Friday, December 27, 2013
My Top Ten Albums of 2013
Alright, on to the list! For what it's worth, exactly half of these albums were sophomore releases. I suppose there's something to be said for going all out to top a great debut album. Most of these selections can be streamed for free, so you don't have to take my word for it that they're great! Read on and listen up!
10. The Sensibles - A Bunch of Animals
Female fronted pop-punk from Italy that will put a huge smile on your face. I feel like a jerk for not rating it even higher.
9. Miss Chain & The Broken Heels - The Dawn
Proof that a "mature" pop record doesn't have to suck. Best song: "Little Boy".
8. Stiletto Boys- Liberator
The long-awaited third (and final?) installment of the Stiletto Boys' trilogy. If you loved the first two albums, you've got to have this one too.
7. The Love Triangle - Clever Clever
This album could pass for a long lost classic of 1977 U.K. pop/punk.
6. The Connection- Let It Rock!
Adding touches of country rock and '70s Stones swagger to their throwback British Invasion sound, The Connection stepped up big-time on their sophomore LP. No wonder Little Steven loves 'em!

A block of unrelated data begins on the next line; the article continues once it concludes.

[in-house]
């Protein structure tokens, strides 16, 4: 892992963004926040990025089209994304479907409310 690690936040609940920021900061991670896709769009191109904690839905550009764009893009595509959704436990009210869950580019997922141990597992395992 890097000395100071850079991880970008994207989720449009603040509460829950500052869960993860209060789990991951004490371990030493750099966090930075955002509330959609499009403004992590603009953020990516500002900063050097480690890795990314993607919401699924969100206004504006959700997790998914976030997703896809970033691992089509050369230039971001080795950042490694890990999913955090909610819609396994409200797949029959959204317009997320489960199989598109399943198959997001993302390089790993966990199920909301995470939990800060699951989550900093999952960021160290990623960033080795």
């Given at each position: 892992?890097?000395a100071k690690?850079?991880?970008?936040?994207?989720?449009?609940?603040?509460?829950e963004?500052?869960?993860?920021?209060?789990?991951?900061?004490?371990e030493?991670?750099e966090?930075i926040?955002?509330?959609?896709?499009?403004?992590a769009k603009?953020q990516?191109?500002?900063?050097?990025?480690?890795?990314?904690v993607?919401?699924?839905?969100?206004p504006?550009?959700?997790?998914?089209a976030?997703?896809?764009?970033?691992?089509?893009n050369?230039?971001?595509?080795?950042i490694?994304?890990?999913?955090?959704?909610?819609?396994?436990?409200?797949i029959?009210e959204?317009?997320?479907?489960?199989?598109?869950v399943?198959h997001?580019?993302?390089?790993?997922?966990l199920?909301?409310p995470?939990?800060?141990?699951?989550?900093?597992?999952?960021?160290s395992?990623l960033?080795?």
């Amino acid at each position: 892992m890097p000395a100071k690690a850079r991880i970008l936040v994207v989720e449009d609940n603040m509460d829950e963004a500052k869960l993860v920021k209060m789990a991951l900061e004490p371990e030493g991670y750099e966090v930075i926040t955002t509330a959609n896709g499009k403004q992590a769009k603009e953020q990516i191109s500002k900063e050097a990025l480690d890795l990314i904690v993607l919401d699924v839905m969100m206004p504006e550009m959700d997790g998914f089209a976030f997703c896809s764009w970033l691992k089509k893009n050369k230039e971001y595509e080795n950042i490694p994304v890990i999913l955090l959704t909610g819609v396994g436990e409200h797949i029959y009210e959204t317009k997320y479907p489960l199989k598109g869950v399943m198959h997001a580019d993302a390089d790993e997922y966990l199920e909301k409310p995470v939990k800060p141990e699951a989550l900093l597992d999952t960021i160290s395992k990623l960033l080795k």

5. Big Eyes - Almost Famous
Long saddled with Muffs and Joan Jett comparisons, Seattle power trio Big Eyes solidified their own identity on this fantastic breakout release.
4. Missing Monuments - self titled
Point of trivia: Missing Monuments had my #4 album of 2011 as well. I like their chances to again be #4 in 2015.
3. Wyatt Funderburk - Novel and Profane
One of the power pop world's finest songwriters and producers finally gave us a solo album, and it was amazing as expected! "If I Ever Wanted Easier" is absolute perfection.
2. Radioactivity - self titled
It's not really a new Marked Men album, but it's the next best thing. Perhaps a little more power pop than the Marked Men - which is fine by me!
1. Night Birds- Born To Die In Suburbia
There are many things I love about Night Birds' sophomore LP. But perhaps the coolest is that the record takes inspiration from the melodic hardcore and surf-punk sounds of the early '80s and genuinely refashions them for our present times. While not quite a concept album, Born To Die In Suburbia paints a grim and remarkably on-point portrait of a modern society ravaged by dysfunction, despair, and endless enslavement to technology and consumerism. Great songs, great lyrics, great music. This isn't just my album of the year. It's my album of the decade so far!
And thus concludes part one of F & L's year-end festivities. I'll be posting our reader top tens on Monday, so feel free to email your list to me at firstname.lastname@example.org!